Blog 1: Inside Job

The documentary Inside Job gave a remarkable insight to viewers on the debt crisis our country had to face back in 2008. I was always aware of the financial crisis when it occurred but I never knew all the details of it until I watched this documentary. This film should be viewed by all American so we could all truly know a little about what was going on in our economy during the crisis and what is still going on today. It’s a powerful documentary that can really open up the eyes of people who were most affected by it, the public. This tragic crisis cause millions to lose their jobs, homes and savings.

Many financial firms were forced to declare bankruptcy. Even though the film puts a big blame on deregulation as a cause of the crisis, I also think that the crisis happened because of the selfish actions of the financial firms. What especially made me mad was that after declaring bankruptcy, executives kept their money. All the people that worked on Wall street were money hungry, greedy as ever. All they cared about was money, they did not care about how their actions affected other people as long as they made a profit. Most investment bankers were betting against the positions they were pushing on their customers just so they can make their extra money. Firms were able to make their abundant amount of money with the help of derivatives, the real estate bubble and the outbreak of subprime lending. The film presents the idea that corruption on Wall Street brought the system down and also corrupted politics. This caused thousands of people to lose their jobs and even become homeless. In fact people in Florida were forced to live outside in tents.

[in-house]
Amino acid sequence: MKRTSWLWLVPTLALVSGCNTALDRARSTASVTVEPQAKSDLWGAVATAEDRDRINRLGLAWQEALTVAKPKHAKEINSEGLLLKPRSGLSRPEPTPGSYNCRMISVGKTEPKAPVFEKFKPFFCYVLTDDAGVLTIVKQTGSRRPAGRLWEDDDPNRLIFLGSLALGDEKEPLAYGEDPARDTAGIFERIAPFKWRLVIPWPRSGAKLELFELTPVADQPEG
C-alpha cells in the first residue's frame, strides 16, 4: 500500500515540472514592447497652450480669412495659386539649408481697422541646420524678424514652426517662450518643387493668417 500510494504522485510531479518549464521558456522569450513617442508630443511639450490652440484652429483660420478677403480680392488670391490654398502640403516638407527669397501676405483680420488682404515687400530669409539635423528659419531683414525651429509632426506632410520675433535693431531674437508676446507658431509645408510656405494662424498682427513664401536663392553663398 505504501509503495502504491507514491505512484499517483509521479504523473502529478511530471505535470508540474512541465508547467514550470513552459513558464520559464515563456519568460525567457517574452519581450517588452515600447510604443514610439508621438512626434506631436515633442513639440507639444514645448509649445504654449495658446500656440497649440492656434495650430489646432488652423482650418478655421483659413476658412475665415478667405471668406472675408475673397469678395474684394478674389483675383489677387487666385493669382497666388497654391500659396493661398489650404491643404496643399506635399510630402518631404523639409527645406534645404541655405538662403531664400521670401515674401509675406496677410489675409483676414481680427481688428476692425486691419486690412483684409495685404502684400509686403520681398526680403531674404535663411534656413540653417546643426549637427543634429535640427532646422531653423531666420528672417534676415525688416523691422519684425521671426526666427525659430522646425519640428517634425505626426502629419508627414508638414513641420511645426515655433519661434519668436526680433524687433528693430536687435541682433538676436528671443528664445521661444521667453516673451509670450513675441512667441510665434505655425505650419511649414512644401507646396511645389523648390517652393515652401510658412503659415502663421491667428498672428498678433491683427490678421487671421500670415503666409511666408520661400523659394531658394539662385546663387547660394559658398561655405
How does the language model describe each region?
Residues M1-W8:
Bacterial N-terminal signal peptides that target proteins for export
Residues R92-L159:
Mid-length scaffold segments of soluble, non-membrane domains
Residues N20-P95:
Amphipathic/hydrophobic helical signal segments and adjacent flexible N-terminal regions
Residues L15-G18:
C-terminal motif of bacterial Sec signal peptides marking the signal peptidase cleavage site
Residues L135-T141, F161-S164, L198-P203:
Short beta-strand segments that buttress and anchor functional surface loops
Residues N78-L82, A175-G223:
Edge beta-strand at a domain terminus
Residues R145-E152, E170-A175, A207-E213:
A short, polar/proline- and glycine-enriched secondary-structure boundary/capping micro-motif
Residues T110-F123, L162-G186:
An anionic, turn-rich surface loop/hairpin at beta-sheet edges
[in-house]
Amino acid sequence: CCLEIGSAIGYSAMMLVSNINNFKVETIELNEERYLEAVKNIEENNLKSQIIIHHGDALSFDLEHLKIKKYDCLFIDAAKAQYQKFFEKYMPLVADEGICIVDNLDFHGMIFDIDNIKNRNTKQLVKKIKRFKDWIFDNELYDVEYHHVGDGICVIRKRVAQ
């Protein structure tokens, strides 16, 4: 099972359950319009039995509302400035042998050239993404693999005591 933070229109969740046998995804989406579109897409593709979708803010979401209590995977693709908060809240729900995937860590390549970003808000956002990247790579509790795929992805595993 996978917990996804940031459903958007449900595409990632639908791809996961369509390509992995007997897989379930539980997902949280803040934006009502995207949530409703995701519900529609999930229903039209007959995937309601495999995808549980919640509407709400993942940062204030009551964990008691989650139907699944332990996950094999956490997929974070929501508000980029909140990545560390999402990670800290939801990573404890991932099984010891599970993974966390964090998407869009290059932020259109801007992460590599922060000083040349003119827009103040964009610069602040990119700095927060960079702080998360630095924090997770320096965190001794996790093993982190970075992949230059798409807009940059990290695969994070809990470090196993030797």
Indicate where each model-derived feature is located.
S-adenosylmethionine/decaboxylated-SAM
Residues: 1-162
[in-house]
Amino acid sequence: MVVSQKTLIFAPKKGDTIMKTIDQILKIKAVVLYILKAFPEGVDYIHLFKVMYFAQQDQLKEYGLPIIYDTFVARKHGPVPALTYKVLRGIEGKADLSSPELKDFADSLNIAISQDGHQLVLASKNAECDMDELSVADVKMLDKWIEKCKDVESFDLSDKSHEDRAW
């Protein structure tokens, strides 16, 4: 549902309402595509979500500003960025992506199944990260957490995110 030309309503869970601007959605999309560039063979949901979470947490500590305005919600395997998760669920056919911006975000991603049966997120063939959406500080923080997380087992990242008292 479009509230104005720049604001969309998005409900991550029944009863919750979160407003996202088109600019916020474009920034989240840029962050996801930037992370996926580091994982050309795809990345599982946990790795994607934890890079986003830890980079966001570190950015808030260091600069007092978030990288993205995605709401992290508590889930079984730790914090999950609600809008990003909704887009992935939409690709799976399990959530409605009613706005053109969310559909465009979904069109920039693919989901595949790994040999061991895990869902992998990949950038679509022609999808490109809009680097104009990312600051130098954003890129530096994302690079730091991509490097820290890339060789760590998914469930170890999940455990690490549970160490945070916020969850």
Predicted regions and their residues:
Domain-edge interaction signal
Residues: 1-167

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One response to “Blog 1: Inside Job

  1. Well done — lucid description and critique. Indeed, there were two key sets of actors — elites — who are shown fueling the crisis: Washington politicians and government insiders as well as financial executives. As you note, deregulation is portrayed as the “cause” of the crisis — but the film draws attention to the role of financial firms, bank lobbyists, in pushing deregulation. Also, another key concept from the film is the *revolving door*. As a result of the continuous movement of personnel back and forth between regulatory/oversight (or legislative) positions inside government and positions in private sector firms (in the same sectors they were previously “regulating”) the whole government-finance distinction begins to lose meaning.

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